Sustainability performance for industrial companies continues to be a front-and-center business strategy issue. In February of this year, the European Union (EU) announced a proposal to implement Corporate Sustainability Due Diligence (CSDD) aimed at large companies, as well as their partners and supply chains. The rules in the proposal aim at curbing and eliminating both negative social and environmental impacts from these organizations. These due diligence requirements go into effect on October 1, 2022, with a two-year window for implementation under national laws within EU membership.
The companies falling within these requirements must average more than 500 employees and €150 million in annual worldwide revenue. From ARC’s perspective, particularly when considering the impact on our industrial client base, two key issues stand out:
- The ripple effect of CCSD could be tremendous, requiring massive transparency in data, reporting, and compliance assurance. For example, although small-and-medium businesses (SMB) aren’t included in the initial requirement, they are affected, by default, if they participate in the supply chain of those that fall within the regulations. Non-EU companies operating within the union that meet the revenue thresholds will also be required to comply with CSDD.
- Most significantly, two of the associated obligations ― identification and termination of adverse impacts ― open the potential for liability for non-compliance. This is in addition to fines that will be levied for infractions. Due to these provisions, specifically the potential for civil liability, the risk associated with poor performance relative to the requirement is extremely high. Industrial companies regulated by CCSD will need to be proactive, requiring a significant culture shift, and they must get it right.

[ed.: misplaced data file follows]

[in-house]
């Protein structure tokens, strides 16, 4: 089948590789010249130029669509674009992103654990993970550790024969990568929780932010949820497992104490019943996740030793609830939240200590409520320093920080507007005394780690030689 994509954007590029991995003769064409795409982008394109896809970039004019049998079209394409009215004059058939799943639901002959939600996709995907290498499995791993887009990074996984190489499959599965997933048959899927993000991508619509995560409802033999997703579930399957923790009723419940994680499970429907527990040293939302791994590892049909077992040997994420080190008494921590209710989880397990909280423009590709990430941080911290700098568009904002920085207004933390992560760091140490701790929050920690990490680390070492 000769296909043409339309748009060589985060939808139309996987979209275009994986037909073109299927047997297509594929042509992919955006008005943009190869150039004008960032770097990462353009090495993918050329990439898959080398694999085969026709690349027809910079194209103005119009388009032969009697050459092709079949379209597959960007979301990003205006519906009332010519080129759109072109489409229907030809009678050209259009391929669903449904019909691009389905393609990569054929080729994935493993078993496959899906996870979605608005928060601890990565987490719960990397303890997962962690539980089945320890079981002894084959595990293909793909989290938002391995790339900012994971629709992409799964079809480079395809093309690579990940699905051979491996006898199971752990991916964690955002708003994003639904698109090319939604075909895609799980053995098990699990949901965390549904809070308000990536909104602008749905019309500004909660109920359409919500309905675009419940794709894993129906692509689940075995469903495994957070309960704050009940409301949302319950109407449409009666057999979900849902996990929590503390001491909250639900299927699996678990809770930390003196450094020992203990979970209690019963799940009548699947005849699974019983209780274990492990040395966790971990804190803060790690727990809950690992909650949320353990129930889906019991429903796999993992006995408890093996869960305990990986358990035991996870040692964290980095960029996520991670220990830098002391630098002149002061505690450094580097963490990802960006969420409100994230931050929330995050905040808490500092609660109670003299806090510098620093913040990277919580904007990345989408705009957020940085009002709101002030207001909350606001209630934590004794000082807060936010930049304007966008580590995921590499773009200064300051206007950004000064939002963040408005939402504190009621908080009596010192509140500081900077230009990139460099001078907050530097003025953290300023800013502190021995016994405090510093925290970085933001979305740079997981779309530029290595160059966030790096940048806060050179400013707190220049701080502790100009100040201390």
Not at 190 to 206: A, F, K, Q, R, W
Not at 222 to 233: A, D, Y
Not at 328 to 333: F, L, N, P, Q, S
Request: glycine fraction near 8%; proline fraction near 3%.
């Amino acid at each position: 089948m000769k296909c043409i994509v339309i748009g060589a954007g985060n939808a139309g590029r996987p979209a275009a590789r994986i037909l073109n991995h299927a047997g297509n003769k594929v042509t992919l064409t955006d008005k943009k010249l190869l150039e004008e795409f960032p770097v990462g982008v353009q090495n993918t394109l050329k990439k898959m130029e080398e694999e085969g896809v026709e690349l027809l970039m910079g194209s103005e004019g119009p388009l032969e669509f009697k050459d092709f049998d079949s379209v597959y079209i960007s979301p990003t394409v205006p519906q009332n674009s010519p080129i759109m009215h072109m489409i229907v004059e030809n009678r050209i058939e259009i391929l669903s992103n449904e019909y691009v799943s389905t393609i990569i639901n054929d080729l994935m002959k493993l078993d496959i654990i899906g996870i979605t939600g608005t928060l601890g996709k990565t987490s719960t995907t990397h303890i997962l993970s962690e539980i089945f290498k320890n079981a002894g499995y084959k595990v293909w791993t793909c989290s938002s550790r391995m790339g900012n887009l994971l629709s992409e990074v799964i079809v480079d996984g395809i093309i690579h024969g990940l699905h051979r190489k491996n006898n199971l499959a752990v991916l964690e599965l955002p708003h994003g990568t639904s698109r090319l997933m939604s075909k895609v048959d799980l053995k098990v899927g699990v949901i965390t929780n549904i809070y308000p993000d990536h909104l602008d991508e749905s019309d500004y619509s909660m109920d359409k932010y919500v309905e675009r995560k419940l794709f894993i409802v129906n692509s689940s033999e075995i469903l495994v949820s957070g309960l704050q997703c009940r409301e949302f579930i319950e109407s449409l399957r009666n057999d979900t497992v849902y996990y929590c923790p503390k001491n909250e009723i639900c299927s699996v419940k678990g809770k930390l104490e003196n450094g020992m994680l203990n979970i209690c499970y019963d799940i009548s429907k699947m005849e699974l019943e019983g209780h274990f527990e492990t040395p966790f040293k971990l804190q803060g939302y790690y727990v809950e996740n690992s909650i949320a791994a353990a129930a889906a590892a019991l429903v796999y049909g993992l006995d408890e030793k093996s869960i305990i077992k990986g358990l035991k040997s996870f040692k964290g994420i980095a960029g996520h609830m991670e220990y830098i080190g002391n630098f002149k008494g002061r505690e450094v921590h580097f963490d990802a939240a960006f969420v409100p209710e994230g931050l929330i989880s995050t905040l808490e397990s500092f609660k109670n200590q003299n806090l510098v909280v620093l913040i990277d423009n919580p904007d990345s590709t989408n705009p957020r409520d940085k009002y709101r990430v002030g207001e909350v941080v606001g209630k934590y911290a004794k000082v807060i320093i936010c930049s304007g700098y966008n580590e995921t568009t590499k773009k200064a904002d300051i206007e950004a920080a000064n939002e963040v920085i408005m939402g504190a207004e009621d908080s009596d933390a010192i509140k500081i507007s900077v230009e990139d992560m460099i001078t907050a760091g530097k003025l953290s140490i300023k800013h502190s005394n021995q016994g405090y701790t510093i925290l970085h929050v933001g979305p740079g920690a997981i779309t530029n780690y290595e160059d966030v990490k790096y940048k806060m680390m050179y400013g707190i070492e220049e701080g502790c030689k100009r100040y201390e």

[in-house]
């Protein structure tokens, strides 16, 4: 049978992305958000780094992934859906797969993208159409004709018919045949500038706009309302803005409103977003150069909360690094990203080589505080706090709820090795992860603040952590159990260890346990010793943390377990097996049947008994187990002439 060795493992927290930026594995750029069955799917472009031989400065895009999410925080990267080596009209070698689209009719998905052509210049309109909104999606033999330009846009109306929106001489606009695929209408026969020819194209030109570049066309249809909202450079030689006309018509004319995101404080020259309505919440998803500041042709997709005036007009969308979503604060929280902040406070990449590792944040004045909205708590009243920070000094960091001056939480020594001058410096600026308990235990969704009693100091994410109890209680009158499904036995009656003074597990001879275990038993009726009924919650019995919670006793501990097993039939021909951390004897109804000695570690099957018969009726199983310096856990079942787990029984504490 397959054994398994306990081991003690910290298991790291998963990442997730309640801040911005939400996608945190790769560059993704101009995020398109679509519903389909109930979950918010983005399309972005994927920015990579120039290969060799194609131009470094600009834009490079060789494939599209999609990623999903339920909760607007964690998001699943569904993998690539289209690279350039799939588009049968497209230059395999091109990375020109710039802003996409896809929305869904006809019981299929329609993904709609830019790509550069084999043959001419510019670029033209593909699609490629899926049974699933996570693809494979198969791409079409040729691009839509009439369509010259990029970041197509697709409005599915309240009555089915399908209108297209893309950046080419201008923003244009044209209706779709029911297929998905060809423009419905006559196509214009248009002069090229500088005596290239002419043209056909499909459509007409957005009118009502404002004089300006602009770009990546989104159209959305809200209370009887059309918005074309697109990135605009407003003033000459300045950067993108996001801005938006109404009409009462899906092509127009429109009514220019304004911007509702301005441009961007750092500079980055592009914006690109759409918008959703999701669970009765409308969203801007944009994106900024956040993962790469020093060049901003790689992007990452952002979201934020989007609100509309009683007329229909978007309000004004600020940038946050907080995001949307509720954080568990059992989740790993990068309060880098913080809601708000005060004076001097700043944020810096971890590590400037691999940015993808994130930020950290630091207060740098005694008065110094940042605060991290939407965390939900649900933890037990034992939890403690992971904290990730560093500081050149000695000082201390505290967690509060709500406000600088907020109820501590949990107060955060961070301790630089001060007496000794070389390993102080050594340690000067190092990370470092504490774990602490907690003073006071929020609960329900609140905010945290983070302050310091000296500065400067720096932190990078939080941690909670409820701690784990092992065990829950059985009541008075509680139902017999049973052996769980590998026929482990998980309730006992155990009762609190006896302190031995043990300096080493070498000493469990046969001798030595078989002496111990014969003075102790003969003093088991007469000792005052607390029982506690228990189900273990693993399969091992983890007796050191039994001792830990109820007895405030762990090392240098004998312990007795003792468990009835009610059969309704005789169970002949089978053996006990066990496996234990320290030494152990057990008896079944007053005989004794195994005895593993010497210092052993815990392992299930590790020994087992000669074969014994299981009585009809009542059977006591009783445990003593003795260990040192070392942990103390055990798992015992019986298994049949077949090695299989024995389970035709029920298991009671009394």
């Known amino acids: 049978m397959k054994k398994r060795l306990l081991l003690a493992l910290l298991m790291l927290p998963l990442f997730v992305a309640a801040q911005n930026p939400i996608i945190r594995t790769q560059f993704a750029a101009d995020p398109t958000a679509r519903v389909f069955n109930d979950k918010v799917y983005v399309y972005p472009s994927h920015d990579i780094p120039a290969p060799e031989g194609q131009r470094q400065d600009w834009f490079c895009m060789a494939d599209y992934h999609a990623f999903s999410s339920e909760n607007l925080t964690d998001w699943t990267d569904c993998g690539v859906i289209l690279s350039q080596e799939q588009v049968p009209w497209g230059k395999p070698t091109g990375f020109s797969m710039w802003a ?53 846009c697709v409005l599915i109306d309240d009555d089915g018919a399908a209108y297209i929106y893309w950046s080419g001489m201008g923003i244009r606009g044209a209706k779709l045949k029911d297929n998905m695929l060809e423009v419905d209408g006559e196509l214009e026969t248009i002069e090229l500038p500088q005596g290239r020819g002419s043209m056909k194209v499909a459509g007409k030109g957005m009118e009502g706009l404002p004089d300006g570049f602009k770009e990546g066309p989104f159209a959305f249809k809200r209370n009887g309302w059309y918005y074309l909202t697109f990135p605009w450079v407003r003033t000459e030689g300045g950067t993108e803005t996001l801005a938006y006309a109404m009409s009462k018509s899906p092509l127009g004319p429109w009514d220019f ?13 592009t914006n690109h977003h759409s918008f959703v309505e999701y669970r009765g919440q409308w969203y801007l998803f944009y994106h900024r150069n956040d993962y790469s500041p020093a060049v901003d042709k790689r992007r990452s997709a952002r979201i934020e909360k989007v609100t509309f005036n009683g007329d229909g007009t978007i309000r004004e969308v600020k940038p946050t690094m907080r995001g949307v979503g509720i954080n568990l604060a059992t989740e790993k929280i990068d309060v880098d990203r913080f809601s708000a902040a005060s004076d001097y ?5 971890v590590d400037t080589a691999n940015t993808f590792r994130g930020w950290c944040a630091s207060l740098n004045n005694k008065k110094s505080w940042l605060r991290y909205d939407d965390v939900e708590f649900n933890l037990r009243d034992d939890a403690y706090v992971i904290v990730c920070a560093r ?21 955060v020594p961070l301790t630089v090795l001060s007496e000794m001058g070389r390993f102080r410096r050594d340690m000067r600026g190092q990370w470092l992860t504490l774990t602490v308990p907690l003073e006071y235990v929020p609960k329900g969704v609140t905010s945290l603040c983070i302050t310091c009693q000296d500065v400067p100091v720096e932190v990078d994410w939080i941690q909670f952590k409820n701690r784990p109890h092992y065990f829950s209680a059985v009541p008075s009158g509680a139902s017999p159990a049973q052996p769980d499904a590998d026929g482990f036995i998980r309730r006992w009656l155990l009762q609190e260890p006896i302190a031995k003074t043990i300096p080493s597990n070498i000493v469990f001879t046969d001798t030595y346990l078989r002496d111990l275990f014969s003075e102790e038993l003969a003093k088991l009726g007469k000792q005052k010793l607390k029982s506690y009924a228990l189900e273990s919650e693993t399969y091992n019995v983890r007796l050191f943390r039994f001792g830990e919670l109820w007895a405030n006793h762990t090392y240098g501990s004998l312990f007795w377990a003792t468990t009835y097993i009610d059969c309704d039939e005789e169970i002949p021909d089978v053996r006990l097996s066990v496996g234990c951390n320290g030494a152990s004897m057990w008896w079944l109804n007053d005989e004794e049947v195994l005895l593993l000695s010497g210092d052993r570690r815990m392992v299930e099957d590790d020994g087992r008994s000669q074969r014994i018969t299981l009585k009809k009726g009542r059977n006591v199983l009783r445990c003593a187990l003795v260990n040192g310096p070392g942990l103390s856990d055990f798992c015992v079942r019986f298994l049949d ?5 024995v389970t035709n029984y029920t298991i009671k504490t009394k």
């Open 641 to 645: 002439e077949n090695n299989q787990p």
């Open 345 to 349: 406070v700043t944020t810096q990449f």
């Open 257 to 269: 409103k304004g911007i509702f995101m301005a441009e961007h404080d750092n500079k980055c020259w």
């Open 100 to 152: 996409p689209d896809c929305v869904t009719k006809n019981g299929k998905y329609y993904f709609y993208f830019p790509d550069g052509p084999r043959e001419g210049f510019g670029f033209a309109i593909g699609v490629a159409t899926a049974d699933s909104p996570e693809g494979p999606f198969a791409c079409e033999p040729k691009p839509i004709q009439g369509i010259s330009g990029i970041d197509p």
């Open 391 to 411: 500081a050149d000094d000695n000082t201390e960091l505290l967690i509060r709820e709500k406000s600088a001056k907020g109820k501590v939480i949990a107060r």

Sustainability Due Diligence Builds Upon Financial Disclosure
In March of 2021, the EU also made effective the Sustainable Finance Disclosure Regulation (SFDR), which it adopted in 2019, along with additional low-carbon regulatory measures. The aim of the SFDR was to attach sustainability to financial market participation, effectively using investment as a lever by requiring financial asset managers to report on how environmental, social, and governance (ESG) goals have been incorporated at the corporate and product levels.
A year in, SFDR compliance has led to criticism by many of greenwashing by financial asset managers and impacted industrial companies. Reporting requirements are often identified by detractors as vague and imprecise. This muddiness has allowed many industrial companies a good deal of leeway on what is measured, and more importantly, excluded in reporting.
Adding an additional layer in CSDD, with its emphasis on identification, prevention, and mitigation, is a considerable step to ensure improvements in sustainability. As it becomes rooted within industrial business strategy, it will also likely tighten the veracity of SFRD compliance, shutting down further avenues for loopholes in reporting. As both CSDD and SFRD work in concert, they collectively could represent a more well understood path forward for industrial companies to define and execute meaningful sustainability improvements that align with business strategy and performance.
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Keywords: Industrial Sustainability, Due Diligence, Energy Transition, Environmental, Social, Governance (ESG), Business Strategy, Financial Disclosure, ARC Advisory Group.